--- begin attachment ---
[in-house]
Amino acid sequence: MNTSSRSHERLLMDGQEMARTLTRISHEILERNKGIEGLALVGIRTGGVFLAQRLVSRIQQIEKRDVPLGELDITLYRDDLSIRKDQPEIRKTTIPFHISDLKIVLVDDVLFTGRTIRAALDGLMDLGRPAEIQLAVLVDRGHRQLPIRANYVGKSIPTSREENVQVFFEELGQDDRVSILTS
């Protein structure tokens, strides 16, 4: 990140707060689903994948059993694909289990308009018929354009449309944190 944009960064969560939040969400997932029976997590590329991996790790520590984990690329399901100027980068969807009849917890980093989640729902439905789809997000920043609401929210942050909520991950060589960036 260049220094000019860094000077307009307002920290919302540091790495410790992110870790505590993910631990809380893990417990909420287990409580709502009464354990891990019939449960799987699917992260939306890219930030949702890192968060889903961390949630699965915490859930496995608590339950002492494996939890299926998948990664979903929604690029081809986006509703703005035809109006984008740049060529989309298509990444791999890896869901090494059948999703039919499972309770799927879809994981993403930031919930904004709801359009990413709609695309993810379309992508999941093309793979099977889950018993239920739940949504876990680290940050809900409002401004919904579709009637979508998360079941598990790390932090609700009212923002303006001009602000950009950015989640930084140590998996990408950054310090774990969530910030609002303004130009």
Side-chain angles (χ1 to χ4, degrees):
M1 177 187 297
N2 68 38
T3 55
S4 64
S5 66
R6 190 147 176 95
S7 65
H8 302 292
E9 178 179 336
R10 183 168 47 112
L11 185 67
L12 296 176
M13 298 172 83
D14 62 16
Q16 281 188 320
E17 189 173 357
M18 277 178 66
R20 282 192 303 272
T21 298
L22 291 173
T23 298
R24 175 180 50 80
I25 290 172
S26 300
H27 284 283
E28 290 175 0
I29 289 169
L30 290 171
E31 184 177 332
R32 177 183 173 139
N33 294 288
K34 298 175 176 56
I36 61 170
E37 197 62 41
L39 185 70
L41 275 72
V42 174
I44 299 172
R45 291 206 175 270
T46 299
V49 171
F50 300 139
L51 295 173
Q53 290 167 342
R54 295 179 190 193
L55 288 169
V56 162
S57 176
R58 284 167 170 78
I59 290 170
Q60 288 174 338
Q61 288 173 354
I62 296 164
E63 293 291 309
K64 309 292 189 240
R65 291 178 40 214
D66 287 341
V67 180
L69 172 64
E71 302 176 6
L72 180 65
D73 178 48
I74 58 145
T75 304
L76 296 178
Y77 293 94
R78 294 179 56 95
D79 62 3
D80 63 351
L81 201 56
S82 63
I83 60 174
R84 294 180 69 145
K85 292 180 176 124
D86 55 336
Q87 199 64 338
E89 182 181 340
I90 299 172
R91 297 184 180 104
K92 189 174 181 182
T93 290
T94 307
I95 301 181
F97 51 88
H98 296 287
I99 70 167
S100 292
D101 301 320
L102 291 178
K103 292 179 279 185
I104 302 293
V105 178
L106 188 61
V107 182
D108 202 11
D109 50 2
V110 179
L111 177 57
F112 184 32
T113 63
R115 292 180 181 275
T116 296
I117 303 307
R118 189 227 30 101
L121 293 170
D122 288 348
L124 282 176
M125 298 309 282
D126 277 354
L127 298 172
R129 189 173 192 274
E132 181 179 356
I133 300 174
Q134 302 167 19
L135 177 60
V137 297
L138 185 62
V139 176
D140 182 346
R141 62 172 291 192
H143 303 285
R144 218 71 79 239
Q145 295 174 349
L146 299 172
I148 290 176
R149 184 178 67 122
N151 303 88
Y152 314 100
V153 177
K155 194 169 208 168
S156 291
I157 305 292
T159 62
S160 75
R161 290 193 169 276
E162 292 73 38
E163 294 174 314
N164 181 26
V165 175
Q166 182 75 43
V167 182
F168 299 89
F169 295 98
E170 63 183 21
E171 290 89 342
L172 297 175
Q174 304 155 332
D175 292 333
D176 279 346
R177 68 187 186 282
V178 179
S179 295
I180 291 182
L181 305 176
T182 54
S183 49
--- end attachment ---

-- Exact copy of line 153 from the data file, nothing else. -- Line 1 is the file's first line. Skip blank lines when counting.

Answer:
D176 279 346